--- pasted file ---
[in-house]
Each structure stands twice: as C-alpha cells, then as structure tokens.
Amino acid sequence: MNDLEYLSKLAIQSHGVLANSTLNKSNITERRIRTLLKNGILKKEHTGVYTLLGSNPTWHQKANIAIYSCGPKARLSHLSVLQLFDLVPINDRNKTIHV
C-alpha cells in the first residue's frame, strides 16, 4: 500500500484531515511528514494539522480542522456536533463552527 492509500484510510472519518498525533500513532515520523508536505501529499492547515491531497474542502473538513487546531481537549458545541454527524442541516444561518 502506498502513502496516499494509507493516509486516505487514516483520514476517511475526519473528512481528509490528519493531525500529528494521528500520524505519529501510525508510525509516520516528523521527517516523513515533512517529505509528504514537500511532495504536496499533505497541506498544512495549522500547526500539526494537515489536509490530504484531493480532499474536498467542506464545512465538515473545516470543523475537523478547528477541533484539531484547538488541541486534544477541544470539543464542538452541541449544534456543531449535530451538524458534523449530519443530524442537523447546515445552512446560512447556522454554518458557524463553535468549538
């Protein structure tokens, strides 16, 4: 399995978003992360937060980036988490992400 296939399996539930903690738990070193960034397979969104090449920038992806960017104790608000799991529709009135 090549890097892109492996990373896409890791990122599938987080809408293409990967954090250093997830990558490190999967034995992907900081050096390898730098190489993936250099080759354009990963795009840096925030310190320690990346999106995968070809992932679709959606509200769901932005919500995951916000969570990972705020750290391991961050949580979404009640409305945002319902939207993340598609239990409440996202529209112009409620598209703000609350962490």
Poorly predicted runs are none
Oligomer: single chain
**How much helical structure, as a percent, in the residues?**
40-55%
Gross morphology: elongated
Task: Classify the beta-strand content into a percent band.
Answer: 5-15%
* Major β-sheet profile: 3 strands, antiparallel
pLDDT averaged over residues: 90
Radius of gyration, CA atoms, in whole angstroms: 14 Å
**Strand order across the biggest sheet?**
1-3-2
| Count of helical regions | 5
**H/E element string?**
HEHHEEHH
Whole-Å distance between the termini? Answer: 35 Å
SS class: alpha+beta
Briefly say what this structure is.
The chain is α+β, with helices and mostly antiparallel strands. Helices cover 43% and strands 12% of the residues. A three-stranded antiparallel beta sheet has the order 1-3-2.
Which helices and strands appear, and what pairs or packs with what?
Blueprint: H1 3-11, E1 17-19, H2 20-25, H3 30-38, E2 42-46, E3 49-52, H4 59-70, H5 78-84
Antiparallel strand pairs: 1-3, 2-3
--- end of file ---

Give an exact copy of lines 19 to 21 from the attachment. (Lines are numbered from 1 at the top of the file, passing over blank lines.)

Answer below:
**H/E element string?**
HEHHEEHH
Whole-Å distance between the termini? Answer: 35 Å